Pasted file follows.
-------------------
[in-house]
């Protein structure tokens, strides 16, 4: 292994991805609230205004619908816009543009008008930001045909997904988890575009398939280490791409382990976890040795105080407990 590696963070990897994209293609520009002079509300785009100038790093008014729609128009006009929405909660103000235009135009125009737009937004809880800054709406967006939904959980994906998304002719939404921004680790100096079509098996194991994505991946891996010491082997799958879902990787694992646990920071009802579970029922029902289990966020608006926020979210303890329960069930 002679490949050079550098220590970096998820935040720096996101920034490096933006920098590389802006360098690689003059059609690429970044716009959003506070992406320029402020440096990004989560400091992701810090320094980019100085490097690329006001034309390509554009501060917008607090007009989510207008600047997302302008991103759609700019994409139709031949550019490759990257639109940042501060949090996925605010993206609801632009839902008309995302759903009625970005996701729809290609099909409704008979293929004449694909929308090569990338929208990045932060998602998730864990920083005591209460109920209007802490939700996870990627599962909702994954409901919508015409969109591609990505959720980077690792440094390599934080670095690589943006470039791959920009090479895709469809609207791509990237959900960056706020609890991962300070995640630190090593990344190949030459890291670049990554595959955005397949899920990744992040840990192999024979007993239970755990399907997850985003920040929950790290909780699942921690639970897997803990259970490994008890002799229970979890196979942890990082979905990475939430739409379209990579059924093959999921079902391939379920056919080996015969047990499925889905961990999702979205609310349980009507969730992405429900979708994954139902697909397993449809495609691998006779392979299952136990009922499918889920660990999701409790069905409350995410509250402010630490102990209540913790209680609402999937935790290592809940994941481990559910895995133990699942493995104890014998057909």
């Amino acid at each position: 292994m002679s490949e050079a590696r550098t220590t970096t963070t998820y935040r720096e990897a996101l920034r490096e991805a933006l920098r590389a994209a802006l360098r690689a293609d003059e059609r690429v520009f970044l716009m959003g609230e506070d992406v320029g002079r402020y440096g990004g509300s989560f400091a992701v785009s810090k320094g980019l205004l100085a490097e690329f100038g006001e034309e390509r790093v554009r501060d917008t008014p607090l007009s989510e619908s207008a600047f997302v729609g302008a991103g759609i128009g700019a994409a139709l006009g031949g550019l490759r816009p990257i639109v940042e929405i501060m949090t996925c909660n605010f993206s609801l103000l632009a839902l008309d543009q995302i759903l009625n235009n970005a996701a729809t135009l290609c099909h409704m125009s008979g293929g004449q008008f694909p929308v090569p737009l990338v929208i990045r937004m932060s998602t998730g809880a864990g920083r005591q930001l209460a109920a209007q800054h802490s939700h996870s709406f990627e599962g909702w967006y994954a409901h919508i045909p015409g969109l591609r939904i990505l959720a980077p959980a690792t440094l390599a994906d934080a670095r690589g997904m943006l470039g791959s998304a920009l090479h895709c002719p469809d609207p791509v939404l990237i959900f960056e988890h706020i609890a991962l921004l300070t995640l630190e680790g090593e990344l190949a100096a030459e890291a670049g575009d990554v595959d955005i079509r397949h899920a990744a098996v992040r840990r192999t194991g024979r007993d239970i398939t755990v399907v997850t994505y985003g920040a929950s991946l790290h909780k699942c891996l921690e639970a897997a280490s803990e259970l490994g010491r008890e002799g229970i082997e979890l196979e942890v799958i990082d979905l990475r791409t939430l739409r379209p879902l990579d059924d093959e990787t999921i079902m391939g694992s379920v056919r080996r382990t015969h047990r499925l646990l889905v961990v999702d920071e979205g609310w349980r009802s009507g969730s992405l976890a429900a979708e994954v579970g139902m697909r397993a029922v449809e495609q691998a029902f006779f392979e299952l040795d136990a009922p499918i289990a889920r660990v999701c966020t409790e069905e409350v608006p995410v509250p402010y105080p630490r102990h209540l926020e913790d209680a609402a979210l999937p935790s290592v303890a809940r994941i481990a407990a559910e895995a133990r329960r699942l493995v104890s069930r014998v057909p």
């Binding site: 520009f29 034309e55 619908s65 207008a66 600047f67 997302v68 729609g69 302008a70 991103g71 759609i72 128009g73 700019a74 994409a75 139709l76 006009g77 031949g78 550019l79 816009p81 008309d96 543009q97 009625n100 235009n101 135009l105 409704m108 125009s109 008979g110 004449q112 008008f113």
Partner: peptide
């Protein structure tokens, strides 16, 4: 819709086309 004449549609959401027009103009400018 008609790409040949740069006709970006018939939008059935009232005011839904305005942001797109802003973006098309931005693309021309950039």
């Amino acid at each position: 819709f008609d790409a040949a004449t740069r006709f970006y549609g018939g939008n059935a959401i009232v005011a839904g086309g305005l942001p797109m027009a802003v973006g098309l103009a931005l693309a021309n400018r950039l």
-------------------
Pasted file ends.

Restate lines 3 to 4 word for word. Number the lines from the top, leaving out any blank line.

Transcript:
């Amino acid at each position: 292994m002679s490949e050079a590696r550098t220590t970096t963070t998820y935040r720096e990897a996101l920034r490096e991805a933006l920098r590389a994209a802006l360098r690689a293609d003059e059609r690429v520009f970044l716009m959003g609230e506070d992406v320029g002079r402020y440096g990004g509300s989560f400091a992701v785009s810090k320094g980019l205004l100085a490097e690329f100038g006001e034309e390509r790093v554009r501060d917008t008014p607090l007009s989510e619908s207008a600047f997302v729609g302008a991103g759609i128009g700019a994409a139709l006009g031949g550019l490759r816009p990257i639109v940042e929405i501060m949090t996925c909660n605010f993206s609801l103000l632009a839902l008309d543009q995302i759903l009625n235009n970005a996701a729809t135009l290609c099909h409704m125009s008979g293929g004449q008008f694909p929308v090569p737009l990338v929208i990045r937004m932060s998602t998730g809880a864990g920083r005591q930001l209460a109920a209007q800054h802490s939700h996870s709406f990627e599962g909702w967006y994954a409901h919508i045909p015409g969109l591609r939904i990505l959720a980077p959980a690792t440094l390599a994906d934080a670095r690589g997904m943006l470039g791959s998304a920009l090479h895709c002719p469809d609207p791509v939404l990237i959900f960056e988890h706020i609890a991962l921004l300070t995640l630190e680790g090593e990344l190949a100096a030459e890291a670049g575009d990554v595959d955005i079509r397949h899920a990744a098996v992040r840990r192999t194991g024979r007993d239970i398939t755990v399907v997850t994505y985003g920040a929950s991946l790290h909780k699942c891996l921690e639970a897997a280490s803990e259970l490994g010491r008890e002799g229970i082997e979890l196979e942890v799958i990082d979905l990475r791409t939430l739409r379209p879902l990579d059924d093959e990787t999921i079902m391939g694992s379920v056919r080996r382990t015969h047990r499925l646990l889905v961990v999702d920071e979205g609310w349980r009802s009507g969730s992405l976890a429900a979708e994954v579970g139902m697909r397993a029922v449809e495609q691998a029902f006779f392979e299952l040795d136990a009922p499918i289990a889920r660990v999701c966020t409790e069905e409350v608006p995410v509250p402010y105080p630490r102990h209540l926020e913790d209680a609402a979210l999937p935790s290592v303890a809940r994941i481990a407990a559910e895995a133990r329960r699942l493995v104890s069930r014998v057909p």
């Binding site: 520009f29 034309e55 619908s65 207008a66 600047f67 997302v68 729609g69 302008a70 991103g71 759609i72 128009g73 700019a74 994409a75 139709l76 006009g77 031949g78 550019l79 816009p81 008309d96 543009q97 009625n100 235009n101 135009l105 409704m108 125009s109 008979g110 004449q112 008008f113």